Singer-Songwriter Tom T. Hall Dies at 85

Tom T. Hall

FILE – (Photo by Wade Payne/Invision/AP, File)

Singer-songwriter Tom T. Hall, who composed “Harper Valley P.T.A.” and sang about life’s simple joys, has died. He was 85.

His son, Dean Hall, confirmed the musician’s death Friday at his home in Franklin, Tennessee.  Hall was known as “The Storyteller” for his unadorned yet incisive lyrics. He composed hundreds of songs and had several No. 1 hits as a singer.

Born in Kentucky, Hall wrote his first song by age 9. Throughout the ’70s, Hall became one of Nashville’s biggest singer-songwriters. His hits included “I Love,” “Country Is,” “I Care,” “I Like Beer,” and “Faster Horses (The Cowboy and The Poet.)”

“In all my writing, I’ve never made judgments,” he said in 1986. “I think that’s my secret. I’m a witness. I just watch everything and don’t decide if it’s good or bad.”

Hall, the fourth son of an ordained minister, was born near Olive Hill, Kentucky, in a log cabin built by his grandfather. He started playing guitar at age 4 and wrote his first song by the time he was 9.

Hall settled in Nashville in 1964 and first established himself as a songwriter making $50 a week. He wrote songs for Jimmy C. Newman, Dave Dudley and Johnny Wright, but he had so many songs that he began recording them himself. The middle initial “T” was added when he got his recording contract to make the name catchier.

His breakthrough was writing “Harper Valley P.T.A.,” a 1968 international hit about small-town hypocrisy recorded by Jeannie C. Riley. The song about a mother telling a group of busybodies to mind their own business was witty and feisty and became a No. 1 country and pop hit. It sold millions of copies and Riley won a Grammy for best female country vocal performance and an award for single of the year from the Country Music Association. The story was so popular it even spawned a movie of the same name and a television series.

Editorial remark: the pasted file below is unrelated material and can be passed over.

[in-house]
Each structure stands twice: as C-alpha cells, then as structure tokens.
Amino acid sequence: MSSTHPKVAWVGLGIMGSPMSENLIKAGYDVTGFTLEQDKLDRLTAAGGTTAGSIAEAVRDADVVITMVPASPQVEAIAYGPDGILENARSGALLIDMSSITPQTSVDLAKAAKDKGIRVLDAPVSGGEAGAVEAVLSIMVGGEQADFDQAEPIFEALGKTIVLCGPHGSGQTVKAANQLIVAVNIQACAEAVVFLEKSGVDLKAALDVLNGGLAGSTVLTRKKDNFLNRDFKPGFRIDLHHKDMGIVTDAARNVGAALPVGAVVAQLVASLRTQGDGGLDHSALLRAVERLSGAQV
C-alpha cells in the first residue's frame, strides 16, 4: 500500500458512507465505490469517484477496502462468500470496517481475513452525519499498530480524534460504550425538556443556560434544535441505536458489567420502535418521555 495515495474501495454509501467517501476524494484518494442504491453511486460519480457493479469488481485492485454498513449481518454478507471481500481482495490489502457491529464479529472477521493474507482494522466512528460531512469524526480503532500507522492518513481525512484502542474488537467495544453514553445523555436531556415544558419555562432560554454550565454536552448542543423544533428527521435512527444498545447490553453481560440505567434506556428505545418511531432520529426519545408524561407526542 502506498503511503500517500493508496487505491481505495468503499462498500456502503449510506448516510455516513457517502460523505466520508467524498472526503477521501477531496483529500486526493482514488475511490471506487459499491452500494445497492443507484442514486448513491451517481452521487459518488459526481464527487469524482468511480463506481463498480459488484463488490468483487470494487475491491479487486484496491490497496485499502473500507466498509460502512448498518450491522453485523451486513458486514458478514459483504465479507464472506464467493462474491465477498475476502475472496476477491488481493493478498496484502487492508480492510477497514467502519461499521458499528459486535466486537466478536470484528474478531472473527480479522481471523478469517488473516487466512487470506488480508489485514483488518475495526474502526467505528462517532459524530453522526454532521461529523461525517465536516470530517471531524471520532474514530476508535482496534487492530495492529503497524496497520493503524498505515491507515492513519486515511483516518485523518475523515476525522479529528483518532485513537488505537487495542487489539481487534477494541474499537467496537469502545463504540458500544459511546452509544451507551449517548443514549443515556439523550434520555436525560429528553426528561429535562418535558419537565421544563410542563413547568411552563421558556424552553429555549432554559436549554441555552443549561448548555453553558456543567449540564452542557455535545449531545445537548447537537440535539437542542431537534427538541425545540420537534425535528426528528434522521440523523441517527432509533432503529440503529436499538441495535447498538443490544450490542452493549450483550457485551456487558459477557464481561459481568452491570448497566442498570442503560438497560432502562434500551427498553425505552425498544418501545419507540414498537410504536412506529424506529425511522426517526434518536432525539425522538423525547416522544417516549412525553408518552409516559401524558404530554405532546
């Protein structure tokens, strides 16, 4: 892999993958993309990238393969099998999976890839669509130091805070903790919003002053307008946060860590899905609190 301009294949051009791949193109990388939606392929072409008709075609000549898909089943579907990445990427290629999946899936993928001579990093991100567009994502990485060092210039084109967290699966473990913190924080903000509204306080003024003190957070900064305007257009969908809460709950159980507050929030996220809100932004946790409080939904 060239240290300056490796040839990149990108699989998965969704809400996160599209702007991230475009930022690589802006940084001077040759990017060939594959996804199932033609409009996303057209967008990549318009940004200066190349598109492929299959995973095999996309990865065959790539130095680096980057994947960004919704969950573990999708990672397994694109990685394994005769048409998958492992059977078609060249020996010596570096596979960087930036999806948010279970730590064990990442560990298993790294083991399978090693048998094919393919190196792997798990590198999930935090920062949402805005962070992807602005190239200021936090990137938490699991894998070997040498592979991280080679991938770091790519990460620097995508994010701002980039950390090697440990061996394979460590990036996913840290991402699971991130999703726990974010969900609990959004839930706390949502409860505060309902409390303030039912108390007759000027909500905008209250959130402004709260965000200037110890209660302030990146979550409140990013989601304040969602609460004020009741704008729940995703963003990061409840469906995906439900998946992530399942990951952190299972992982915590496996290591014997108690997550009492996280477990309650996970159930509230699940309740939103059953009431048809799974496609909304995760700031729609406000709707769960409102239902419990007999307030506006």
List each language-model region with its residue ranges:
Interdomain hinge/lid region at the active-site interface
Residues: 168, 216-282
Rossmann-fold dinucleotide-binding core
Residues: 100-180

“Suddenly, it was the talk of the country,” Hall told The Associated Press in 1986. “It became a catch phrase. You’d flip the radio dial and hear it four or five times in 10 minutes. It was the most awesome time of my life; I caused all this stir.”

His own career took off after that song and he had a string of hits with “Ballad of Forty Dollars” (which also was recorded by Johnny Cash and Waylon Jennings); his first career No. 1 hit “A Week in a Country Jail,” and “Homecoming,” in the late 1960s.

Throughout the ’70s, Hall became one of Nashville’s biggest singer-songwriters, with multiple hit songs including, “I Love,” “Country Is,” “I Care,” “I Like Beer,” and “Faster Horses (The Cowboy and The Poet.)” he was inducted into the Nashville Songwriters Hall of Fame in 1978.

He was inducted in the Country Music Hall of Fame in 2008 and in 2012, he was honored as the BMI Icon of the year, with artists such as the Avett Brothers, bluegrass stars Daily & Vincent, Toby Keith and Justin Townes Earle paying tribute to the songwriting legend. He was inducted into the Songwriters Hall of Fame in 2019.

He married English-born songwriter Dixie Deen in 1968, and the two would go on to write hundreds of bluegrass songs after Hall retired from performing in the 1990s, including “All That’s Left” which Miranda Lambert covered on her 2014 album, “Platinum.” Dixie Hall died in 2015.

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